The Mose saves Venice from the storm of the year.  Brugnaro: devastation avoided

The Mose saves Venice from the storm of the year. Brugnaro: devastation avoided

In 2019, without mobile barriers, the sequence of events was similar to this year. First, ostro and sirocco had blown from the south, and the rising tide had pushed against the houses of Venice; then, after having caused millions of damages, in a few minutes the wind had turned and in the night had vented its blind fury against the inhabited centers on the other side of the lagoon, such as Pellestrina.

What is Moses

The Mose is a colossal system of four retractable dams, a work of engineering unique in the world, designed starting in the 1980s. It is made up of 78 mobile sluice gates that rest on the bottom of the three inlets, the arms of the sea that join the Adriatic with the lagoon. When the water exceeds the safety level, the sluice gates rise side by side until they close the entrance to the sea inside the lagoon.

The first stone was laid on May 14, 2003 by Silvio Berlusconi in favor of television cameras. After 19 years it’s almost over; it works but some fittings have to be completed. Total cost of the work, with the complete package, around 6 billion. Annual operating cost, including staff salaries, about 100 million. There were Pharaonic bribes and Babylonian dissipations; in 2014 an investigation had led to the arrest of 35 people: the cost of the malfeasance is still an incomplete figure, certainly many tens of millions.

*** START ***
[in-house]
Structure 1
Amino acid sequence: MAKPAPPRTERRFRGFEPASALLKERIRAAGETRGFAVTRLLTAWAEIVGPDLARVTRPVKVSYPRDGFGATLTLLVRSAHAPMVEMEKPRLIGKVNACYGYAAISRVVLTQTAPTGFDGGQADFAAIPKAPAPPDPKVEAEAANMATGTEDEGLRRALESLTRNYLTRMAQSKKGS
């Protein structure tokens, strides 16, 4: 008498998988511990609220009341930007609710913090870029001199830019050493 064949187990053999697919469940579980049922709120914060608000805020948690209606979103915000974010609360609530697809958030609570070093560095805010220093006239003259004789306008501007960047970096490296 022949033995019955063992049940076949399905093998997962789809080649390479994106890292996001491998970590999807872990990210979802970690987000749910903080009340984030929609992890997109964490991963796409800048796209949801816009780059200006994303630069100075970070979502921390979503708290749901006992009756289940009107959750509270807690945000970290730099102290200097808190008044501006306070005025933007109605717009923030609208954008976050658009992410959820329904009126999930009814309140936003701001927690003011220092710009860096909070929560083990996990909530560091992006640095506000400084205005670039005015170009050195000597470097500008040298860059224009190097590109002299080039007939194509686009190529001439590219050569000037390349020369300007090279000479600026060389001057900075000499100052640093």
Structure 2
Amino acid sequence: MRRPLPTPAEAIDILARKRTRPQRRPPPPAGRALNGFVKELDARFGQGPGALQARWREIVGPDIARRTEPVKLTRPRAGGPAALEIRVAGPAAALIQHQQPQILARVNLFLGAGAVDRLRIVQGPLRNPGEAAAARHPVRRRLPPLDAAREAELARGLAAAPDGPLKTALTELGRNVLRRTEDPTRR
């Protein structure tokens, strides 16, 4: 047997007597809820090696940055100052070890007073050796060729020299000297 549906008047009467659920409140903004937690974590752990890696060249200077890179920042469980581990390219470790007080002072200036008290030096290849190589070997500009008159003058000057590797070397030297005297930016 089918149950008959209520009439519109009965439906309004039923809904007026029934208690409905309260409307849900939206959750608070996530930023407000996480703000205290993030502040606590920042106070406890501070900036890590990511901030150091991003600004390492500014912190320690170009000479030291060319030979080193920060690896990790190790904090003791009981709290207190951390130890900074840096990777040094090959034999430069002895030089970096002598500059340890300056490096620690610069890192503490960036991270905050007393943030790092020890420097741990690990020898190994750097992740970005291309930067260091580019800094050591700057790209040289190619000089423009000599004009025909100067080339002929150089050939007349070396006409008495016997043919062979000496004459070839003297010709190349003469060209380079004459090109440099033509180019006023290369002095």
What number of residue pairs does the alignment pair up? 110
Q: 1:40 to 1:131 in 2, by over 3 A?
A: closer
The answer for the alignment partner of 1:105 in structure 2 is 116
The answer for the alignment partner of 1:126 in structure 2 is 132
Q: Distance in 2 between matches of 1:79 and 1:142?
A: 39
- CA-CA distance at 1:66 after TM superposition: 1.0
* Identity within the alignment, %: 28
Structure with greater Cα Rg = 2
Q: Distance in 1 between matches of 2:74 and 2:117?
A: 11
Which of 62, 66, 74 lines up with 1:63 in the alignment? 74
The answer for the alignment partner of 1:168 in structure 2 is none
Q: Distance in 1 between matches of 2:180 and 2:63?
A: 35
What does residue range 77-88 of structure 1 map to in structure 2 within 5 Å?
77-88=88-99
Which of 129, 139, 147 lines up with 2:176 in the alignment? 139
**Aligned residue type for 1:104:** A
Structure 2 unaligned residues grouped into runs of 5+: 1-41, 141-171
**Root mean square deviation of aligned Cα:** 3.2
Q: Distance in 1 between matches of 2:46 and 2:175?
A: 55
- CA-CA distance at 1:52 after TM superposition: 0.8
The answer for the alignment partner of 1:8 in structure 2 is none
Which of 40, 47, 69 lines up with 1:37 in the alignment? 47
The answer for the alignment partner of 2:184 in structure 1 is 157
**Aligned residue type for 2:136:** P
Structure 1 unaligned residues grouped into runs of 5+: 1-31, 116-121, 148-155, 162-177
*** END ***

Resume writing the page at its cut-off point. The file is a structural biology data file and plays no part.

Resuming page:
How Moses works

The lagoon and the sea are joined by 3 inlets where the tide flows in and out with 12-hour cycles (6 hours decreasing and 6 hours increasing). When the tide is too intense, beyond 110 centimetres, mobile barriers rise from the bottom of the three inlets. One in Chioggia (fishing port), one in Malamocco (large oil tankers, ferries to the Levant, container ships and the now sporadic cruises) and two barriers in the large mouth of the Lido.

The lifting operations are carried out by emergency teams made up of around one hundred workers in shifts. In the control rooms there are mechanical engineers, physicists, computer engineers, on the plants the highly specialized technicians who start up valves, travel through the tunnels under the sea bed, activate the devices.

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